Estonia wants tech devs to improve its AI-led public services

Bürokratt is further evidence that Estonia recognises the power and need for digitalisation, particularly with respect to how public services operate from the user perspective.

The Estonian government has launched a new procurement process aimed at finding developers to work on the nation’s “Siri of digital public services”, Bürokratt.

Those with experience in software development, language technology, and machine learning are being called to lend their expertise to the programme, to directly shape and elevate the country’s leading AI programme, giving the chance to collaborate and work with Europe’s most digitally advanced government. 

Bringing together an interoperable network of AI applications, Bürokratt, an award-winning AI-solution, provides Estonia’s entire population with a range of voice-activated public services.

These services cut past bureaucratic processes making public services easier to use, more convenient, and easily accessible through virtual assistants and voice-based interaction. The highly successful initiative has elevated the Estonian government to become one of the most technologically sophisticated public services in the world.

AI-led public services

According to Andres Sutt, Estonia’s IT minister, “We take great pride in knowing that our AI-led public services have significantly improved the lives of many of our population, transforming the citizen user experience for the better.

“Since its launch in 2022, Bürokratt has saved users time and effort by enabling them to communicate with the government through one single point. Buoyed by the success of Bürokratt, we warmly welcome a range of expertise to support us in raising the service offering to even greater heights.’’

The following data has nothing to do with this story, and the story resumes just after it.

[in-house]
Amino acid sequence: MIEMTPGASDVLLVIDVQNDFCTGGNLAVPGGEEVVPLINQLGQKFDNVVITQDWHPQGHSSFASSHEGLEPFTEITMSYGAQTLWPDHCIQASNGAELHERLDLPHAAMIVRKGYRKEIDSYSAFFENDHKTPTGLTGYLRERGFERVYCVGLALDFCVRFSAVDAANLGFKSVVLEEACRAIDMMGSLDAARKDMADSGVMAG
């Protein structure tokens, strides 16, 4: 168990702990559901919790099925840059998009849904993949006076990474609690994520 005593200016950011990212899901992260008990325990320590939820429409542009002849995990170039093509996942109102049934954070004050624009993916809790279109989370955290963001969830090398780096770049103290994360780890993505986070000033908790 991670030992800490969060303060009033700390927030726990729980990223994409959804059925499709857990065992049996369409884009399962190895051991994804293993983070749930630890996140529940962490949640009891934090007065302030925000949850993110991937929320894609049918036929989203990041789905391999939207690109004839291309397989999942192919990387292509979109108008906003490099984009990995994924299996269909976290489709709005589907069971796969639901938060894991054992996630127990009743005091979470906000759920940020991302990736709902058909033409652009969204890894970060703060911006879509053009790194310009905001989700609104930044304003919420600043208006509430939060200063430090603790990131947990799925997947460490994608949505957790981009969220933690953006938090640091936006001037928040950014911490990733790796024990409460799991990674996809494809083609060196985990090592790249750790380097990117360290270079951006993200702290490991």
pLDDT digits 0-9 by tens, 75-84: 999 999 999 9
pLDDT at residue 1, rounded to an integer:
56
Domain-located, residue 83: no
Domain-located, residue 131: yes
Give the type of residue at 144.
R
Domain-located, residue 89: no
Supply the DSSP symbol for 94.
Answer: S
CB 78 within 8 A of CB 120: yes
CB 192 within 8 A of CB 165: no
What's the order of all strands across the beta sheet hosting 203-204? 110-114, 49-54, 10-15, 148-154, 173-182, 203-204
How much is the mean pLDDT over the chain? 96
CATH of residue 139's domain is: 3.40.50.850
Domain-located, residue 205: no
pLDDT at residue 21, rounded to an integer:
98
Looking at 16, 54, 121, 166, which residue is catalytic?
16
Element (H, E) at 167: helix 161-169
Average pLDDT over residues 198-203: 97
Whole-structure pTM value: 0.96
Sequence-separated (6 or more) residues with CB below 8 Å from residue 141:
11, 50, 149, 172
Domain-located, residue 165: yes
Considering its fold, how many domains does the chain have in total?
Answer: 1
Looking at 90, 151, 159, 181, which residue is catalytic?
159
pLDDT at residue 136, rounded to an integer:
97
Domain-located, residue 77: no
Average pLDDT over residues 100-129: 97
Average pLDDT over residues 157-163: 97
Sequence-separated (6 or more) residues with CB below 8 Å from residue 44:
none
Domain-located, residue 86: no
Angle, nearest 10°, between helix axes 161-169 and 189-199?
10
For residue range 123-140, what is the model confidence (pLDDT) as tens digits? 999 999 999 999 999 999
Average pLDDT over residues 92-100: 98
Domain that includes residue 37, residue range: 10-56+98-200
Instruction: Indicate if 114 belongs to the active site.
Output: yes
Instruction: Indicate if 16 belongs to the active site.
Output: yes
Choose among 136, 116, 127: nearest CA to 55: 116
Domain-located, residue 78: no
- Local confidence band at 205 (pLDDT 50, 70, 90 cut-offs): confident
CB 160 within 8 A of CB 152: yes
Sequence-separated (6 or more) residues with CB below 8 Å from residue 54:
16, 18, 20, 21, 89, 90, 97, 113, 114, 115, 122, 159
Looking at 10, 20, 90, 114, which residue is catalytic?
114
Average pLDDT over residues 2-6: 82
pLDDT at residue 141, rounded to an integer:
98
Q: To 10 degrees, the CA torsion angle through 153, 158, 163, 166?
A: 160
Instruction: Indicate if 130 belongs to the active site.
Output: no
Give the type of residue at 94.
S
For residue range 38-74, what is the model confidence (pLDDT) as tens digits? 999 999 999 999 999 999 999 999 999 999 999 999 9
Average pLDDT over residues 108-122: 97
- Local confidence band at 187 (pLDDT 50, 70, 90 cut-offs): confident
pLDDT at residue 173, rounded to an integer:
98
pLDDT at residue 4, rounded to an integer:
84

The Estonian government is now calling for qualified developers, data scientists, data analysts, and data architects from countries belonging to the World Trade Organisation with experience in software development, language technology, and machine learning to participate in the procurement process.

Launched on July 18, the deadline for applicants will close on August 26, and is open to a minimum team size of one person, with no requirements on a company’s history or previous work portfolio.

The process will run as a series of mini procurements for specific tasks. These will focus, primarily on privacy-enhancing technologies, developing AI for data-driven decision-making, language technologies, and Bürokratt.

Example tasks would include developing and extending privacy-enhancing technologies, working on AI innovation projects as part of government data and AI sandbox, establishing different language technologies, working on federated learning, publishing government-held data as synthetic data, developing and implementing machine learning solutions, training of a speech robot, replacing existing individual functionalities with more efficient systems, for instance, for customer service, and for voice- and sign-language based service provision.

More control

Ott Velsberg, the Estonian government’s chief data officer, says the country wants to provide citizens with more control over how their personal data is leveraged to access government services.

“We’re also looking to offer citizens the opportunity to share their data with the private sector, where they can explore and receive a range of additional services.

“For instance, when applying for a bank loan there will be no need for applicants to enter their data into a form, as all relevant information will be gathered automatically from the state’s databases. We look forward to welcoming a range of specialists to come and work with us and become part of one of the most technologically advanced government projects in Europe and contribute to the development of an AI gov stack that benefits the whole society.’’

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